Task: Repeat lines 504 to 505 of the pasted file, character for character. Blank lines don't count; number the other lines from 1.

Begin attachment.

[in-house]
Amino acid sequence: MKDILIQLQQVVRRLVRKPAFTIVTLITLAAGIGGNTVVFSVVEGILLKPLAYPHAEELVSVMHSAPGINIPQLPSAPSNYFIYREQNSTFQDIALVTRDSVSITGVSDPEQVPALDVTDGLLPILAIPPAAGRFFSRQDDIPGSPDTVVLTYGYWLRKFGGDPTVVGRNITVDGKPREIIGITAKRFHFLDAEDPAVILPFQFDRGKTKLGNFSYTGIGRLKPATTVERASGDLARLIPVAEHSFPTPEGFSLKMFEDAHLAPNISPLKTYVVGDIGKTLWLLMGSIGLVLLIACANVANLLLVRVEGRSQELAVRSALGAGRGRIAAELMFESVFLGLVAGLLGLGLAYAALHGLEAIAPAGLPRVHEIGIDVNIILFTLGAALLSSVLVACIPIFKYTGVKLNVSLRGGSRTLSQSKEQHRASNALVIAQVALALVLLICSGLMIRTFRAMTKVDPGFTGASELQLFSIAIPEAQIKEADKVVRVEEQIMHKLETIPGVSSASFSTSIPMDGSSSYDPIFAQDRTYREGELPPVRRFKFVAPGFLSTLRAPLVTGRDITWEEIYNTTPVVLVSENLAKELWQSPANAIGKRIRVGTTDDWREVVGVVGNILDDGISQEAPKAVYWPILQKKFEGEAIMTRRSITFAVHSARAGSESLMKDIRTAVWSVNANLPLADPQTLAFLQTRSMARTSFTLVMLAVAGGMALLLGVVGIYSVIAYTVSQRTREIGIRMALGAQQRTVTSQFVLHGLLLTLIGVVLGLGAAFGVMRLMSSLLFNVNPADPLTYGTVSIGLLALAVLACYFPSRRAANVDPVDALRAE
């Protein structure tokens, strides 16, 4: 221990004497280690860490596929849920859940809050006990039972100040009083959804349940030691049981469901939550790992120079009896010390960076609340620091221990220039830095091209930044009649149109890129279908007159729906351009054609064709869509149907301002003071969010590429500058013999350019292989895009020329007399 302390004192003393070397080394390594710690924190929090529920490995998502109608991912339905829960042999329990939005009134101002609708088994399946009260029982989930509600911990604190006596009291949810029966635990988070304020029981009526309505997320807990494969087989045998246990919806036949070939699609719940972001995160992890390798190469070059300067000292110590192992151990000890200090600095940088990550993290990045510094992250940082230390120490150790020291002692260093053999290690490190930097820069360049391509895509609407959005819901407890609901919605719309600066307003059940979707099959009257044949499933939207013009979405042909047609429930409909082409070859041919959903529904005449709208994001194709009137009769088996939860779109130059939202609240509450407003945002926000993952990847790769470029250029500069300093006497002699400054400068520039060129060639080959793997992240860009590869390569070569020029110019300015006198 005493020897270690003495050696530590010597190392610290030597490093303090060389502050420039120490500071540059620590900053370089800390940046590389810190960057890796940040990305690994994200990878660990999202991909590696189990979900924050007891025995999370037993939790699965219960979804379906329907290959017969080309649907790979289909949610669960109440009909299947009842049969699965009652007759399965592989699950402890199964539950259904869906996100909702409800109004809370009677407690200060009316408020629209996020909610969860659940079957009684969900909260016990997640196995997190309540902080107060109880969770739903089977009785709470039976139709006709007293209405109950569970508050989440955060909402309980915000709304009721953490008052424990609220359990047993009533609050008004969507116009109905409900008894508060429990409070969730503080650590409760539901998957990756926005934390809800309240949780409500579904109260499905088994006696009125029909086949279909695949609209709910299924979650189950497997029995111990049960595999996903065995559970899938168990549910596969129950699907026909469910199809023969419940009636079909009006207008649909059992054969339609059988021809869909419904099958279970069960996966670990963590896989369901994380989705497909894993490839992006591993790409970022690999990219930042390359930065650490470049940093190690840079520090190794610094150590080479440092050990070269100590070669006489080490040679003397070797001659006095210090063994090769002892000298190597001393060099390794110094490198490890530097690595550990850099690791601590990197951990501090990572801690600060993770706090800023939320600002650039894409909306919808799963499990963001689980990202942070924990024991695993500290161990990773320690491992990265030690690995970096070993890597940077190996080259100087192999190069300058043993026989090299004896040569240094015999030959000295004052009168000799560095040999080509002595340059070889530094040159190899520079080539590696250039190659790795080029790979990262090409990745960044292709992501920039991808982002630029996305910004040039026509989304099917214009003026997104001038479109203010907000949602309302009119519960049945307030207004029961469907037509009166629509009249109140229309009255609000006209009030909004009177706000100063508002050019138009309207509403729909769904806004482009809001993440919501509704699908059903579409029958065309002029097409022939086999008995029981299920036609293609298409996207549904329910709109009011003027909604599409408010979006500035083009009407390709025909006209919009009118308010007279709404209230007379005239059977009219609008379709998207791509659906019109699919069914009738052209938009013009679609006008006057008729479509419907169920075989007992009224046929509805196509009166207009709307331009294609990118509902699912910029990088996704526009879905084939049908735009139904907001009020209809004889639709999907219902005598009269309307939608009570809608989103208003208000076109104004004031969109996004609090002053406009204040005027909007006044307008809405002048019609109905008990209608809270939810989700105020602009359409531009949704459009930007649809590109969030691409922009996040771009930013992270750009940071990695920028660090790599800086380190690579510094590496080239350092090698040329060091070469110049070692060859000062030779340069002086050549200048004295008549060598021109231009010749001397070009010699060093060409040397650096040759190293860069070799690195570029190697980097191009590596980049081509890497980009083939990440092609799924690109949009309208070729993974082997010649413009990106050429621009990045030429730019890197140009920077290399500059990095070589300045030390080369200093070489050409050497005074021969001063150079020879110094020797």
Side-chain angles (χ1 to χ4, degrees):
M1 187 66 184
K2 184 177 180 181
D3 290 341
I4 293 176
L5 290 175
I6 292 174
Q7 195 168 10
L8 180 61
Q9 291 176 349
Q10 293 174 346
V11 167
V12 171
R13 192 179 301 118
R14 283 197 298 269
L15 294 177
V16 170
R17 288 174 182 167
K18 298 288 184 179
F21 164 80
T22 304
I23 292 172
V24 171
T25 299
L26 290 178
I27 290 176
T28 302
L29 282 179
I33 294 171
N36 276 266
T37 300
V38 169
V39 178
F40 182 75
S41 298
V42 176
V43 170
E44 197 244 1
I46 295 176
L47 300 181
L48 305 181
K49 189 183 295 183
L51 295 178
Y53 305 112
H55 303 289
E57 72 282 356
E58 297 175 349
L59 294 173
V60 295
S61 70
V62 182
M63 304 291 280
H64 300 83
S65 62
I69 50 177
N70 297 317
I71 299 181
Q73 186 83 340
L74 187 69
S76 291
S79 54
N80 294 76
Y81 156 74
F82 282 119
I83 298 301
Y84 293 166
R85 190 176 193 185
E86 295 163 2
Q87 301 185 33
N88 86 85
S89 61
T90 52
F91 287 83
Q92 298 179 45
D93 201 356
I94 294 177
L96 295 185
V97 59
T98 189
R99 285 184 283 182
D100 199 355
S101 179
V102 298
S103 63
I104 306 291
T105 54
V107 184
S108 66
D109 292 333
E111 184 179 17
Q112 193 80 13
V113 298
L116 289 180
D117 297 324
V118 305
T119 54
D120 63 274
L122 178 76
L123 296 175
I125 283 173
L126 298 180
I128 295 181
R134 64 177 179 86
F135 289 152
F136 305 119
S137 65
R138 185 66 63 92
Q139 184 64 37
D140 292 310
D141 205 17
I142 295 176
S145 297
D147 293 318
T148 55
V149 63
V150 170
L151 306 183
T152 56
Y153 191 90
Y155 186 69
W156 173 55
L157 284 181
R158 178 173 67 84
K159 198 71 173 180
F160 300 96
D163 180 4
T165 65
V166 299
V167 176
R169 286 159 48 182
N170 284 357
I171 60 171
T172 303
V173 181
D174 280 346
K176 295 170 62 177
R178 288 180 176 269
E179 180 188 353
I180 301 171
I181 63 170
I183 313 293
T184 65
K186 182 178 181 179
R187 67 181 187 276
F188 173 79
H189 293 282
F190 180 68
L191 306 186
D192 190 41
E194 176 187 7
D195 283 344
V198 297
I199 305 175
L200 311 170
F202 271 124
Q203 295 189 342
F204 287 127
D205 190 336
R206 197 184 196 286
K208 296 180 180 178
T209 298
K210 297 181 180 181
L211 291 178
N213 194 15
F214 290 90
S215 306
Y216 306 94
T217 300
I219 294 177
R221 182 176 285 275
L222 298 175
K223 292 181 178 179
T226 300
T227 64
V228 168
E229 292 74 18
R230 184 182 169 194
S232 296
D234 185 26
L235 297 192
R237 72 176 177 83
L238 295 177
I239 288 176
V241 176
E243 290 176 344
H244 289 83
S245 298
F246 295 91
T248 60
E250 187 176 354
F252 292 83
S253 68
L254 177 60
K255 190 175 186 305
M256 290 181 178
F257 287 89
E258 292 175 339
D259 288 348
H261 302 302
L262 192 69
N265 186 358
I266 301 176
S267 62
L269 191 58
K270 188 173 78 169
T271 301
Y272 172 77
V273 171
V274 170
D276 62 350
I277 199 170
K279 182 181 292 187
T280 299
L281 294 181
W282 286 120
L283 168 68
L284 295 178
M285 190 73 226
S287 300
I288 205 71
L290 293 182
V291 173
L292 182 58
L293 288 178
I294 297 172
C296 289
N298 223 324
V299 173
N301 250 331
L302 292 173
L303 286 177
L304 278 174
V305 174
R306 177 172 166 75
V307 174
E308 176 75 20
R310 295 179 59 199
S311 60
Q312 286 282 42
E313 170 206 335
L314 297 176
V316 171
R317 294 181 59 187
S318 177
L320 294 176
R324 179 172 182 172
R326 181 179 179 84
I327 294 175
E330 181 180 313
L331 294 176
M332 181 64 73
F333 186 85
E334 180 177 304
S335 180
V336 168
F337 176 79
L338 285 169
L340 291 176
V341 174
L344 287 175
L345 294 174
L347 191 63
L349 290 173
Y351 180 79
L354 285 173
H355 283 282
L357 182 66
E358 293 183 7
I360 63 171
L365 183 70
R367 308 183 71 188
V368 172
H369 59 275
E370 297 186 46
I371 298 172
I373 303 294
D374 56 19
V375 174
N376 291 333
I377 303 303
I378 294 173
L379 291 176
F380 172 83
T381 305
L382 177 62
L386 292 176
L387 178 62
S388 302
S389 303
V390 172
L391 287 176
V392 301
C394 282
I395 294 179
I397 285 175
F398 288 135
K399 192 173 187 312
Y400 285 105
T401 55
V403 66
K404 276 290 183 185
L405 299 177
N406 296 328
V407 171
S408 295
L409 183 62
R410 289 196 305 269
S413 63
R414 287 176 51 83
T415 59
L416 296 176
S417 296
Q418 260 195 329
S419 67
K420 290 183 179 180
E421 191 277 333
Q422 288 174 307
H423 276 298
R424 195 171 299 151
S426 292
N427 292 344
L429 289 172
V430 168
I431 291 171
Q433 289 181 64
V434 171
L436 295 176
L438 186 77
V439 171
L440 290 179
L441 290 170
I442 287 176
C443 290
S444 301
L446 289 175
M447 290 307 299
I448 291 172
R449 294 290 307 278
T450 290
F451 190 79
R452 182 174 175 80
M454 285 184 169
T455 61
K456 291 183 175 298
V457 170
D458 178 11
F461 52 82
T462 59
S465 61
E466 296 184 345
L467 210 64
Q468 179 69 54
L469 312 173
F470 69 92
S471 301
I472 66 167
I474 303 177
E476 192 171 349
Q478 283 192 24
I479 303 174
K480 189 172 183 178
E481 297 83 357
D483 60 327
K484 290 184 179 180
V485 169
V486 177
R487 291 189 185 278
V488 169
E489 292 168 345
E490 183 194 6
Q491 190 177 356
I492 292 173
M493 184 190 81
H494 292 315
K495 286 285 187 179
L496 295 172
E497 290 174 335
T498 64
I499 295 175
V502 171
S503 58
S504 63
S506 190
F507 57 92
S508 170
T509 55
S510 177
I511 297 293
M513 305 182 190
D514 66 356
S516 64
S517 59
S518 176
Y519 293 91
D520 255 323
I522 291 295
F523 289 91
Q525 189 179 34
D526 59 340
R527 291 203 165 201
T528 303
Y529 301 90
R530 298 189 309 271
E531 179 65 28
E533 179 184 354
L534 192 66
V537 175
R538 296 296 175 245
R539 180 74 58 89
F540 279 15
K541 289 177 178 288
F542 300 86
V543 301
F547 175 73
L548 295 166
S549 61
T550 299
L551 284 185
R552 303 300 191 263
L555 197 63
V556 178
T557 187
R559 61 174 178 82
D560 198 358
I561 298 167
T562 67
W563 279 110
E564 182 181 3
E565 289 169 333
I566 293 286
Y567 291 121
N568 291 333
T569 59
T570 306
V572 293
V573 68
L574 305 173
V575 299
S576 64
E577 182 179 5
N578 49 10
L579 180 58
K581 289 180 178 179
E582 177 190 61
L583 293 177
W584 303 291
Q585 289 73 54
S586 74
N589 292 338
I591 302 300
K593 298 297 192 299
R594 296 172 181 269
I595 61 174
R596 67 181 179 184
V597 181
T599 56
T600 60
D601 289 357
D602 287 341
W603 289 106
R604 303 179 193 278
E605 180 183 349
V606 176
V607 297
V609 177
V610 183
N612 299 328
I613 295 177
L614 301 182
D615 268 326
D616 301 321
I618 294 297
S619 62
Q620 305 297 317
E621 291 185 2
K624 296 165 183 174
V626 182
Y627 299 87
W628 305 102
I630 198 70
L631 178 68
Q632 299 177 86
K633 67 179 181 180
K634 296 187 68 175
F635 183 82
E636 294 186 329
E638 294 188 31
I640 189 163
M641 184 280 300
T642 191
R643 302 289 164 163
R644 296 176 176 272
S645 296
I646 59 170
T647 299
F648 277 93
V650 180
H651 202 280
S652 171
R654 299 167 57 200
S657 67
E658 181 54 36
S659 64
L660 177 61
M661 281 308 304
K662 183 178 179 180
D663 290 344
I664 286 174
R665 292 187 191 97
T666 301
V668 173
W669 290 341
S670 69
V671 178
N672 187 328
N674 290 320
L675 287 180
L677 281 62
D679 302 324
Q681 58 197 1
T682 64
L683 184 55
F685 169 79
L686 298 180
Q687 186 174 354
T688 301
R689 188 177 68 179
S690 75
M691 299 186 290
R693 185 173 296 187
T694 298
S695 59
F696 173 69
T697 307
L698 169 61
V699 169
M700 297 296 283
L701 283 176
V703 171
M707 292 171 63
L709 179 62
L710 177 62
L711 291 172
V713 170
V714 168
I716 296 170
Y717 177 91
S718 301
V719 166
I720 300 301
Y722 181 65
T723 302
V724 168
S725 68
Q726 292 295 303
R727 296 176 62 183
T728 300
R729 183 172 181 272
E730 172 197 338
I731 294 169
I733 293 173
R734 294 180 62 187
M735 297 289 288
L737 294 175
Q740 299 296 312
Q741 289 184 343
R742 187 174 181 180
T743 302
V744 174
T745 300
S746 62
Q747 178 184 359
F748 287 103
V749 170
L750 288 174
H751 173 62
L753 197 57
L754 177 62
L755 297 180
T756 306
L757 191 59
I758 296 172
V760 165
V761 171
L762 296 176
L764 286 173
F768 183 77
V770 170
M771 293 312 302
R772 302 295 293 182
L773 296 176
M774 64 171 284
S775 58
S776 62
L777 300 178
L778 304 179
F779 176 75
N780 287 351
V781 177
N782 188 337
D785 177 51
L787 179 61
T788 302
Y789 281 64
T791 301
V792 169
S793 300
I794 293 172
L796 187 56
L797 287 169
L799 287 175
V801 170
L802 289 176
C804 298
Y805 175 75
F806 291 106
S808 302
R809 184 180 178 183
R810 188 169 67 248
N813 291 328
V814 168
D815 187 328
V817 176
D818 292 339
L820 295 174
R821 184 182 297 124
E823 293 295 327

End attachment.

S657 67
E658 181 54 36